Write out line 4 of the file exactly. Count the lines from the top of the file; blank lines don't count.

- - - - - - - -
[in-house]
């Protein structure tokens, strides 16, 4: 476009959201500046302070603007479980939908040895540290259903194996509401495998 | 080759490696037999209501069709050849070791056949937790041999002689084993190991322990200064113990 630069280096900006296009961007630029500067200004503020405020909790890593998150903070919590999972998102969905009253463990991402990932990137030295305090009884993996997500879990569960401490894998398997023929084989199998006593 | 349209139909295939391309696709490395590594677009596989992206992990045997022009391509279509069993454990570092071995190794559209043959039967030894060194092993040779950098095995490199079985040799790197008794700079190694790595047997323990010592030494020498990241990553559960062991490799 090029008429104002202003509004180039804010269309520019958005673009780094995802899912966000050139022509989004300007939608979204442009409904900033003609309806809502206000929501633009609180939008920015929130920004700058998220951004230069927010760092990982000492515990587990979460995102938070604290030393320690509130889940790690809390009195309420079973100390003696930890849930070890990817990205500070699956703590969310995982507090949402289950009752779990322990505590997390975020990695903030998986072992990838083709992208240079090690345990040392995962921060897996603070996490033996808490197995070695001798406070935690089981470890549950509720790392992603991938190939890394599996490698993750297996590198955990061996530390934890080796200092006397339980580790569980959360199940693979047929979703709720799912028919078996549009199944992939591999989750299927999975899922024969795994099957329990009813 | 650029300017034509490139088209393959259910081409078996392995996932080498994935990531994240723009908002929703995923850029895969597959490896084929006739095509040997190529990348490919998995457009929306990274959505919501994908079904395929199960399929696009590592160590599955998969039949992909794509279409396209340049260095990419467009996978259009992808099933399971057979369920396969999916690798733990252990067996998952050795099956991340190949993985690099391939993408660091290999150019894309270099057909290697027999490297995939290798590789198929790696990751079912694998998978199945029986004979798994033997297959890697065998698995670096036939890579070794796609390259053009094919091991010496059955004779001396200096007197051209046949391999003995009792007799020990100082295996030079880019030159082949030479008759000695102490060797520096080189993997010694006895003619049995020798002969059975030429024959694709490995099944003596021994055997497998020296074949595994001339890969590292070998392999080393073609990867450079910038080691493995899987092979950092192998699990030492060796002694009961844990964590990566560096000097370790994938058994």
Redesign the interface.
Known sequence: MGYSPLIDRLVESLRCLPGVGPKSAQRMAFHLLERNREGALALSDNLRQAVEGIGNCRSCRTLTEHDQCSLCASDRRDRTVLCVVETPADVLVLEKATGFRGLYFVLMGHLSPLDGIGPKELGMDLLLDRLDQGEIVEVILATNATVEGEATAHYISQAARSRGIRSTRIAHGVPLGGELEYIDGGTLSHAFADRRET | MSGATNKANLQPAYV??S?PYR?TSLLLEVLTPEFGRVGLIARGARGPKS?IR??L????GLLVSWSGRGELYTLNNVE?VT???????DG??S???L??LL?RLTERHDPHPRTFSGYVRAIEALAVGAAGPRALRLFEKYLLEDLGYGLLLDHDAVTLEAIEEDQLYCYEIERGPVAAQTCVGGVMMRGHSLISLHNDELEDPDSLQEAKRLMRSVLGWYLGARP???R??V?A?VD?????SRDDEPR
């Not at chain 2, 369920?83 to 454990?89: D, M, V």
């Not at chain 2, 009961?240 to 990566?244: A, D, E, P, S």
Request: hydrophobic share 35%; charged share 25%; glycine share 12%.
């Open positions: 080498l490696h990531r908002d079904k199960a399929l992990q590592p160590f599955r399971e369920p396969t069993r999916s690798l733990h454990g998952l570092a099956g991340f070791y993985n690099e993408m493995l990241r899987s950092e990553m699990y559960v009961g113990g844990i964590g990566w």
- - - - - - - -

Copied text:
Known sequence: MGYSPLIDRLVESLRCLPGVGPKSAQRMAFHLLERNREGALALSDNLRQAVEGIGNCRSCRTLTEHDQCSLCASDRRDRTVLCVVETPADVLVLEKATGFRGLYFVLMGHLSPLDGIGPKELGMDLLLDRLDQGEIVEVILATNATVEGEATAHYISQAARSRGIRSTRIAHGVPLGGELEYIDGGTLSHAFADRRET | MSGATNKANLQPAYV??S?PYR?TSLLLEVLTPEFGRVGLIARGARGPKS?IR??L????GLLVSWSGRGELYTLNNVE?VT???????DG??S???L??LL?RLTERHDPHPRTFSGYVRAIEALAVGAAGPRALRLFEKYLLEDLGYGLLLDHDAVTLEAIEEDQLYCYEIERGPVAAQTCVGGVMMRGHSLISLHNDELEDPDSLQEAKRLMRSVLGWYLGARP???R??V?A?VD?????SRDDEPR